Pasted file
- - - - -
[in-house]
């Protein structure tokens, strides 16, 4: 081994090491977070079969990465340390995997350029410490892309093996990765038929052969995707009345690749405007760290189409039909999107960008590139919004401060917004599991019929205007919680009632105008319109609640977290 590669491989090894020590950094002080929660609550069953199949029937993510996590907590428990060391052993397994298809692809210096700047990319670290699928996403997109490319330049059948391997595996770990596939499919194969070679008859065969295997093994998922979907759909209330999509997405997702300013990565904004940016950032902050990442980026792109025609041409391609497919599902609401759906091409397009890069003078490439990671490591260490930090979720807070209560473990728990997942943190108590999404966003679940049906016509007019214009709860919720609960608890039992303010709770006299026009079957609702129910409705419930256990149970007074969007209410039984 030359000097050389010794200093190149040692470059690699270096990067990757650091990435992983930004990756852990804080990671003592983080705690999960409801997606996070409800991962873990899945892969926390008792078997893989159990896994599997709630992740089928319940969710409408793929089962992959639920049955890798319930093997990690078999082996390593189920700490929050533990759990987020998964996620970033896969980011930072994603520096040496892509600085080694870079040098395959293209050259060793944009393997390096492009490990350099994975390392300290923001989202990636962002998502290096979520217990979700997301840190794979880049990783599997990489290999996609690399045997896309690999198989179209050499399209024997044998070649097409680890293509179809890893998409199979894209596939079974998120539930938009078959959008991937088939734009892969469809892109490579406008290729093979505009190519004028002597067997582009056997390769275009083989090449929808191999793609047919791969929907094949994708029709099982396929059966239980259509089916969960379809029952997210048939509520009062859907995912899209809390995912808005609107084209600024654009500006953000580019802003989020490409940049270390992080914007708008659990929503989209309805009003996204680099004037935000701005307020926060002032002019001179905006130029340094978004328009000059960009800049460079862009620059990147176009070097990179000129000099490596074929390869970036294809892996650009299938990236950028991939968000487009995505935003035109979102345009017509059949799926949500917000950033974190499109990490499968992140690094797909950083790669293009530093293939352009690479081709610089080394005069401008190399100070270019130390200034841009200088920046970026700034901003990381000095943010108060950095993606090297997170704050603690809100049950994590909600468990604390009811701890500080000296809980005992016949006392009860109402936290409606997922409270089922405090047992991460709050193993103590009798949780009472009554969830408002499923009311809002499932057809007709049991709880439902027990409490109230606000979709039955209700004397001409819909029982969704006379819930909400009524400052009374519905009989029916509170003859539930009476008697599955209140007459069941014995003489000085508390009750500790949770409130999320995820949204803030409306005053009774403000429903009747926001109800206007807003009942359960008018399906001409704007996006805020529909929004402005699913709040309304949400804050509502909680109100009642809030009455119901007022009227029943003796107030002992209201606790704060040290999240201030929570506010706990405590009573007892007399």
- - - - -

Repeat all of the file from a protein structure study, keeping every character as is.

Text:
[in-house]
């Protein structure tokens, strides 16, 4: 081994090491977070079969990465340390995997350029410490892309093996990765038929052969995707009345690749405007760290189409039909999107960008590139919004401060917004599991019929205007919680009632105008319109609640977290 590669491989090894020590950094002080929660609550069953199949029937993510996590907590428990060391052993397994298809692809210096700047990319670290699928996403997109490319330049059948391997595996770990596939499919194969070679008859065969295997093994998922979907759909209330999509997405997702300013990565904004940016950032902050990442980026792109025609041409391609497919599902609401759906091409397009890069003078490439990671490591260490930090979720807070209560473990728990997942943190108590999404966003679940049906016509007019214009709860919720609960608890039992303010709770006299026009079957609702129910409705419930256990149970007074969007209410039984 030359000097050389010794200093190149040692470059690699270096990067990757650091990435992983930004990756852990804080990671003592983080705690999960409801997606996070409800991962873990899945892969926390008792078997893989159990896994599997709630992740089928319940969710409408793929089962992959639920049955890798319930093997990690078999082996390593189920700490929050533990759990987020998964996620970033896969980011930072994603520096040496892509600085080694870079040098395959293209050259060793944009393997390096492009490990350099994975390392300290923001989202990636962002998502290096979520217990979700997301840190794979880049990783599997990489290999996609690399045997896309690999198989179209050499399209024997044998070649097409680890293509179809890893998409199979894209596939079974998120539930938009078959959008991937088939734009892969469809892109490579406008290729093979505009190519004028002597067997582009056997390769275009083989090449929808191999793609047919791969929907094949994708029709099982396929059966239980259509089916969960379809029952997210048939509520009062859907995912899209809390995912808005609107084209600024654009500006953000580019802003989020490409940049270390992080914007708008659990929503989209309805009003996204680099004037935000701005307020926060002032002019001179905006130029340094978004328009000059960009800049460079862009620059990147176009070097990179000129000099490596074929390869970036294809892996650009299938990236950028991939968000487009995505935003035109979102345009017509059949799926949500917000950033974190499109990490499968992140690094797909950083790669293009530093293939352009690479081709610089080394005069401008190399100070270019130390200034841009200088920046970026700034901003990381000095943010108060950095993606090297997170704050603690809100049950994590909600468990604390009811701890500080000296809980005992016949006392009860109402936290409606997922409270089922405090047992991460709050193993103590009798949780009472009554969830408002499923009311809002499932057809007709049991709880439902027990409490109230606000979709039955209700004397001409819909029982969704006379819930909400009524400052009374519905009989029916509170003859539930009476008697599955209140007459069941014995003489000085508390009750500790949770409130999320995820949204803030409306005053009774403000429903009747926001109800206007807003009942359960008018399906001409704007996006805020529909929004402005699913709040309304949400804050509502909680109100009642809030009455119901007022009227029943003796107030002992209201606790704060040290999240201030929570506010706990405590009573007892007399």